And I didn't mean to suggest that you were anything other than a Swifty by the way. It really is a snapshot of the cult like figure that Donald Trump continues to be across the -- well it's not across the political spectrum, but sort of in the political world. It very much transcends politics.

PONNURU: Yes. Although, one might quibble with how grown-up this behavior is as applied to a political figure to have that same degree of devotion and fandom to a political figure. I think is not the way -- it is not a helpful attitude for citizens in a democracy to have things. The thing is, though, with Trump, it's not just that he's got that hardcore base of support that will be with him, regardless of what he does.

It's the other Republicans who think he was a successful president who think favorably of him, who have not been necessarily totally sold on him. But right now, they're with him. And those are the voters that DeSantis and Haley have to get from him.

BASH: Yeah, such a good point. OK, everybody standby. Up next, a wider war. Israel expands operations in Gaza following the collapse of the short-term truce last week. We're live in Israel after a quick break.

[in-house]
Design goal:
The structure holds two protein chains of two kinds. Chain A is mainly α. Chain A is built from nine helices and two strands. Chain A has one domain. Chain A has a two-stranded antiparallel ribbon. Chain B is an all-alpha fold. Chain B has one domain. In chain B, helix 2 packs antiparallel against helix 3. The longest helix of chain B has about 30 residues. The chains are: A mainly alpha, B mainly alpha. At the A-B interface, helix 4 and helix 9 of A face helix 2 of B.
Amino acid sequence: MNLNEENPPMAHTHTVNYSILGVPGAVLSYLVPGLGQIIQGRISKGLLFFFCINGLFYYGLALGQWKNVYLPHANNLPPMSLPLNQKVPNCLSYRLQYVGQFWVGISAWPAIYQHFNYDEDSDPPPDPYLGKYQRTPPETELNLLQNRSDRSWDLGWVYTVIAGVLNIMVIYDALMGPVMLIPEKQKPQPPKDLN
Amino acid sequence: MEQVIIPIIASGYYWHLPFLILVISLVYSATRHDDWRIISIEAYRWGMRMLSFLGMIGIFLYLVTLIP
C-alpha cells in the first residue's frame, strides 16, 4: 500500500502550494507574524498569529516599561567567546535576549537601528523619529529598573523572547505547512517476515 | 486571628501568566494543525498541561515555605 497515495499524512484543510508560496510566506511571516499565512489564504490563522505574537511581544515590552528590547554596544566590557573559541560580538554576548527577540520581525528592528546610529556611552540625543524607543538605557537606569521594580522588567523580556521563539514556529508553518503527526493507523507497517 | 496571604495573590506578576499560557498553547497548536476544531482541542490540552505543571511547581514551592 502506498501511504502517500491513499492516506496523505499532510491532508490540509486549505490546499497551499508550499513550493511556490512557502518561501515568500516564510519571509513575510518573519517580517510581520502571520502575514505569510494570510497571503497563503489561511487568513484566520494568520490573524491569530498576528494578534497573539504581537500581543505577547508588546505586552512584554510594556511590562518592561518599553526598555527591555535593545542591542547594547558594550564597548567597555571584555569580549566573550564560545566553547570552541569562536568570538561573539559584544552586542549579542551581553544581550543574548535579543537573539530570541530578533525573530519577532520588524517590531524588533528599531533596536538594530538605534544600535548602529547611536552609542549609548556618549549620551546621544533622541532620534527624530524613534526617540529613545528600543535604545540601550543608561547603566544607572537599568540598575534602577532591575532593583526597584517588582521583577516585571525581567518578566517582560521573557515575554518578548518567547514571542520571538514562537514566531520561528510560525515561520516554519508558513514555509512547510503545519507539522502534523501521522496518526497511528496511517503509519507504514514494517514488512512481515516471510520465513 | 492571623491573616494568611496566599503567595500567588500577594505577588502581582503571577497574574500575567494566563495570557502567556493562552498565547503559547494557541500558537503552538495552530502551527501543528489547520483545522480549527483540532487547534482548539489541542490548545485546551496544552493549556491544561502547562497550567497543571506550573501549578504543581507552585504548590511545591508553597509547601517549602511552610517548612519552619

BASH: Just into CNN, Israeli ground forces are now operating inside southern Gaza. CNN has geo located video confirming their three miles from the southern city of Khan Yunis, an area where many displaced civilians have fled. This comes just a day after Israel announced, it's expanding the fight against Hamas terrorists across the entirety of the Gaza Strip.

CNN's Ben Wedeman is in Jerusalem. Ben, what's the latest at this hour?

BEN WEDEMAN, CNN SENIOR INTERNATIONAL CORRESPONDENT: Well, we've just heard from the head of Israel's Armored Corps that he says that they've almost completed achieving their objectives in the north of the Gaza Strip. And certainly, over the weekend, we saw a series of punishing strikes on for instance, the Jabalia refugee camp just north of Gaza City and the Shujaiya district just to the east of it.

And so, now it does appear that the focus is going to be on the south. As you said, the Israelis now have armor on the Salahuddin Street, which is the main north south highway linking the north with the south. That was the route through which people had been advised to move from the north to the south. But now of course, the problem is that there are hundreds of thousands of people crammed into the south the area where they had been advised to go to be in a safer area.

And what we have now is a mounting humanitarian crisis. In much of southern Gaza, where the schools that have been turned into shelters are full of people. We're hearing from the U.N. that in some instances, there are as many as 400 people to a single toilet and that's if a toilet is actually functioning as well in the town of Deir al-Balah, which is to the southern part of the Gaza Strip. The only functioning bakery was hit overnight. As a result there was looting there. What we heard from people there is that the situation is desperate, and it is increasingly chaotic. Dana?